This particular light bulb is LED and emits 650 lumens at 9 Watts (not quite enough for growing plants but enough to get germination going). The light is placed 2-3 inches from the seeding tray. After 4 days, the kale has sprouted (the three rows of sprouts).



    The seedlings (image below) are today just shy of two weeks old (by one day). From left to right, basil, oregano, 3 rows of kale (these were all planted the same day... kale germinates within a couple of days and is pretty easy to maintain..very hardy plant, and harvest leaves every couple of days once fully mature, as early as 45 days), and a row of newly planted spaghetti squash seeds (will likely take a couple of weeks to germinate). These seedlings will have their first fish fertilizer in a couple of days. That will give them another boost for a week before I transplant the kale into Starbucks cups (not my addiction, but I’ll use the plastic cups).



    I’ll post a pic of the balcony set up when I get it done. Like I said, due to travel lifestyle, these have to be planted with portability in mind. Since we are in the US right now, these will take a trip to the family’s house when we head back to BA. I’ll likely do the same in BA, and ask a friend to care for them and eat or give away the harvested goods while we are away.

  • I would love to see a Monty Don’s series on balconies and terraces.
    As I am still in Mar del Plata with no DSL, I can’t share a picture of my terrazza right now.


    To be honest we inherited all the set up and just maintained what was already there. Our only additions have been herbs.
    Our terrace is narrow and about 4 m long, so we have long, squared pots along the longer sides, plus two big pots with pomelo. They provide small fruits twice per year and they are delicious.


    Due to this narrowness, we are bound to pony vertical plants. We are also trying to make an arch. To achieve this fast we had to pick the fastest growing plants available in the biggest size possible. Jazmin (fake, true, indigenous, foreign) is omnipresent in plant shops in Argentina.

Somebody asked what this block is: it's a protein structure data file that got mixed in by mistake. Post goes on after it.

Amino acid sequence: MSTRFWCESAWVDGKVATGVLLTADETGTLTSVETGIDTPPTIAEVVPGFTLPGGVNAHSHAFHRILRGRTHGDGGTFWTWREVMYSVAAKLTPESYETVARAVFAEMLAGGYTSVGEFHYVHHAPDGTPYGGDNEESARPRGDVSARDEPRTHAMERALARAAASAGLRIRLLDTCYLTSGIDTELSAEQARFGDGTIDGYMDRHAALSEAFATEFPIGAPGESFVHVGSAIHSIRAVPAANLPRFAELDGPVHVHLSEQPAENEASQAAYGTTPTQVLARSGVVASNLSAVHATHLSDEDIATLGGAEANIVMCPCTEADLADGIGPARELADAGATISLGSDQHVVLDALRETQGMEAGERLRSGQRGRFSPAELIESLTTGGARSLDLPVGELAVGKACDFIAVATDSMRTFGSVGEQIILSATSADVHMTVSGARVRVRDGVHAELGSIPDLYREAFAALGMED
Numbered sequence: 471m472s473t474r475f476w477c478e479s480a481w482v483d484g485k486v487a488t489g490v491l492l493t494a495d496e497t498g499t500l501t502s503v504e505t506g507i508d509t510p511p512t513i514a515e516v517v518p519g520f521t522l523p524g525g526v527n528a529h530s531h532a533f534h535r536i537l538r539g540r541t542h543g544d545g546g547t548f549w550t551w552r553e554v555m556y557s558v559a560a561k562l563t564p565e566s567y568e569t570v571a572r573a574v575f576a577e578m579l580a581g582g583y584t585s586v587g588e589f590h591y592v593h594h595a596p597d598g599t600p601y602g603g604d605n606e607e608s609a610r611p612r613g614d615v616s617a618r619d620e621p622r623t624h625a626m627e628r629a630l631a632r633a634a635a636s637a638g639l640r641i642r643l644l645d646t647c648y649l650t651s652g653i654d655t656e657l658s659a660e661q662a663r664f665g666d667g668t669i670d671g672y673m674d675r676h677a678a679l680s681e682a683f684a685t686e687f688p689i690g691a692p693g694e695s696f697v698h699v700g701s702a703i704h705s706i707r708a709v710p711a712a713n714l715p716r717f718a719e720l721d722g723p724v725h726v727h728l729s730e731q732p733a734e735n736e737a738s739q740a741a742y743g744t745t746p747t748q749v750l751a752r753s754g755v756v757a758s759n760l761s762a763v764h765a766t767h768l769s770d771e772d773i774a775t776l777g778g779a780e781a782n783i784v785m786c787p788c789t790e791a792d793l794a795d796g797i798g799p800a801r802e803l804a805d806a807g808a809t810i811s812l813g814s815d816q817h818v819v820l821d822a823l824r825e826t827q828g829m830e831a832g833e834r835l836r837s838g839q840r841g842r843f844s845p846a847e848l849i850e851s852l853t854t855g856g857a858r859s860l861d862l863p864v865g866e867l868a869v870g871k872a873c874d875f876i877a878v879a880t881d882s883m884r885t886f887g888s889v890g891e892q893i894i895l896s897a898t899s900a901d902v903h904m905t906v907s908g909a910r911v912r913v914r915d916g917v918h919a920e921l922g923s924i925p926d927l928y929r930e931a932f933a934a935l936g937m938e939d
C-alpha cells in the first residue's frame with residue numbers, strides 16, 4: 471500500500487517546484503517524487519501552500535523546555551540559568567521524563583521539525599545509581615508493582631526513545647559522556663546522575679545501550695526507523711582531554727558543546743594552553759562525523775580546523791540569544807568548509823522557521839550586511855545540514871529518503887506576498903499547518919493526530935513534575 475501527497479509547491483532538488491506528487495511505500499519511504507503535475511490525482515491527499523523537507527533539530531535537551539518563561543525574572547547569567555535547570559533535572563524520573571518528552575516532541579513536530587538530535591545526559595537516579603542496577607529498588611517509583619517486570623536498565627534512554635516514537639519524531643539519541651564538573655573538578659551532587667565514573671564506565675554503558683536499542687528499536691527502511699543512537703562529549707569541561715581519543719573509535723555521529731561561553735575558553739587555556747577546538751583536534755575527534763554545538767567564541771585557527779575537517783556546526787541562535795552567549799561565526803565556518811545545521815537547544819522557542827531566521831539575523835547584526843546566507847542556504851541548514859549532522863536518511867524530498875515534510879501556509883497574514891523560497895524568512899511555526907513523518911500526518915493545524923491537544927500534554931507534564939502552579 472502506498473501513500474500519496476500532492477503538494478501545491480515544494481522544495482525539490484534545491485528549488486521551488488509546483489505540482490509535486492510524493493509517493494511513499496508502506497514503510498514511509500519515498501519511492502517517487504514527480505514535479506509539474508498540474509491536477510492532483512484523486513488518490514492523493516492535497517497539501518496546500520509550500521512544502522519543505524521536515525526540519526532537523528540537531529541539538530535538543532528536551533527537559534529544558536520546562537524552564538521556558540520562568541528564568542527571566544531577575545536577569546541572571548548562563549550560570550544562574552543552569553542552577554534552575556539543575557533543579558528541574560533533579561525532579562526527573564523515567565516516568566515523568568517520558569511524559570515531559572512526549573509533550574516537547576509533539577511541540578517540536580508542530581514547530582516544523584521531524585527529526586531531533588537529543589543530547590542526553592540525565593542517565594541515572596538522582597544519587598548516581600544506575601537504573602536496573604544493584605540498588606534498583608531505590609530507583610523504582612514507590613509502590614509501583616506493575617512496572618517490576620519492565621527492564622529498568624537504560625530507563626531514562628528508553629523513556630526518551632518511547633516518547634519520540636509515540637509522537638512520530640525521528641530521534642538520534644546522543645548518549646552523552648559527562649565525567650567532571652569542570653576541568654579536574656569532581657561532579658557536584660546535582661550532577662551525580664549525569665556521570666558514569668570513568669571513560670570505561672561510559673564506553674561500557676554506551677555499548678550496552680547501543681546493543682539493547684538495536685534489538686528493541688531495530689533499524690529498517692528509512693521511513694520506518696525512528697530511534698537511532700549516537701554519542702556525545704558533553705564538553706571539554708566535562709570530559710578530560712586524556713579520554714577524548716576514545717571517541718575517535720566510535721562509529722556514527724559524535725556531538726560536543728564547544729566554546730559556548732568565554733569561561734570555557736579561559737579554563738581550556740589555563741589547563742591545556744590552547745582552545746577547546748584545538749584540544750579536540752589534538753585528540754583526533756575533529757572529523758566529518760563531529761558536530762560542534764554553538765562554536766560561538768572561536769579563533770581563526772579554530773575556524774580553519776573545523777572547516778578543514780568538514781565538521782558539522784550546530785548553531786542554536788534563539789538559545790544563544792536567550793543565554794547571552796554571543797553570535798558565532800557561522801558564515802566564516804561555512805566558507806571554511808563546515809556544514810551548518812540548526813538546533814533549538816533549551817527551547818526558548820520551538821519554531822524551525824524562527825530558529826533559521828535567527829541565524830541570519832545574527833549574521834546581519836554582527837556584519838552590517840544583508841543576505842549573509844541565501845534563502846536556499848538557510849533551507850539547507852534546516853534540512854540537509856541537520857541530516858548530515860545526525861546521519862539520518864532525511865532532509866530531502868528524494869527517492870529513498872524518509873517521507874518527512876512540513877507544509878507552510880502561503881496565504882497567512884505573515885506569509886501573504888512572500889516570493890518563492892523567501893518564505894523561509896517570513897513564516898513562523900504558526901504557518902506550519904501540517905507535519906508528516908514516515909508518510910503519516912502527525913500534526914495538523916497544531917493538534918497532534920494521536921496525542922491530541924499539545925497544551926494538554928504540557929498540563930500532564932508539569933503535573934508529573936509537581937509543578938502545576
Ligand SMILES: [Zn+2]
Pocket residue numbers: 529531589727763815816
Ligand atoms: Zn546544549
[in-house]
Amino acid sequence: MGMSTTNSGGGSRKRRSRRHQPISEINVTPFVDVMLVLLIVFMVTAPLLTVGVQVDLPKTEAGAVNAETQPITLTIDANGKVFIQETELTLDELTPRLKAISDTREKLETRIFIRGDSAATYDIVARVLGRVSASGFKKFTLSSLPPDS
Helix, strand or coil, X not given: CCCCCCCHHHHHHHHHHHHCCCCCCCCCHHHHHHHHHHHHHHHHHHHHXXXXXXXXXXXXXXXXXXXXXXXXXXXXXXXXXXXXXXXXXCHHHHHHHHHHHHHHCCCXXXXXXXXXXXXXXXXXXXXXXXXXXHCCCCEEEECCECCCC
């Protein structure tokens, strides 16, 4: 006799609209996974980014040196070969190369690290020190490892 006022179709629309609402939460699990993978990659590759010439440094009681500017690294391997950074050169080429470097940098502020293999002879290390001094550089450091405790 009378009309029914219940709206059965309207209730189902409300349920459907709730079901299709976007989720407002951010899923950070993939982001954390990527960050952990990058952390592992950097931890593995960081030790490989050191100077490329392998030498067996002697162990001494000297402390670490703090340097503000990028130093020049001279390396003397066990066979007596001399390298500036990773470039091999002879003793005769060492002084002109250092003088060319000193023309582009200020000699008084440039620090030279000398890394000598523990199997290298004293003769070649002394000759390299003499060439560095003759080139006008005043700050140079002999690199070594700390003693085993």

A friend suggested also cherry tomato, but I am happy we didn’t follow her advice. As it is, when the passiflora fruit start to rotten, ants come to feast with the seeds inside, plus the rotten fruits fall on the furniture’s cushions.


    But passiflora is growing leaps day by day, and we are desperate for leaves to have some shade in summer. I have to say that I keeping the terrace clean of leaves is something that keeps me entertained at least twice per day.




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  • Horticulture used to be my profession.....think that's why the missus married me!! :D


    Here out in the sticks we have the opposite problem in that we have too much garden to look after which explains why my enthusiasm for it has waned over the years since we came here to live permanently.


    It was fun at the start but I now refuse to grow vegetables as buying them is so much easier. Fruit trees are a pain in the bum as there are far too many pests and diseases about and spraying them regularly kind of defeats the purpose.


    What defeats me most is the heat....even a simple job becomes a chore.


    I admire your enthusiasm and wish you well.




    \


  • What’s your expert take on the issue of pesticide and vegetables, and veggie quality in Argentina?


    I am REALLY happy with the cheapness of veggies here. We switched to a plant-based diet since a couple of years. It is also cheaper!


    There isn’t much variety in a single store as back home, though. But I can eat a lot more fruit here.





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  • Can't claim to have a lot of experience in the growing or eating of fruit an veg...the wife constantly tells me I should eat more of both.

    My impression when I first came to Argentina was how awful the fruit and veg looked compared to the UK. However it tasted great. Now it mostly looks great but lacks in taste.

    I don't think it's all that cheap to be honest especially outside the main growing season. You're right about variety, it isn't guaranteed all year round.


    As for the use of chemicals. My main concern is how well its use is controlled here. Especially after seeing council workers spraying herbicide on the road verges without wearing protection.

  • Can't claim to have a lot of experience in the growing or eating of fruit an veg...the wife constantly tells me I should eat more of both.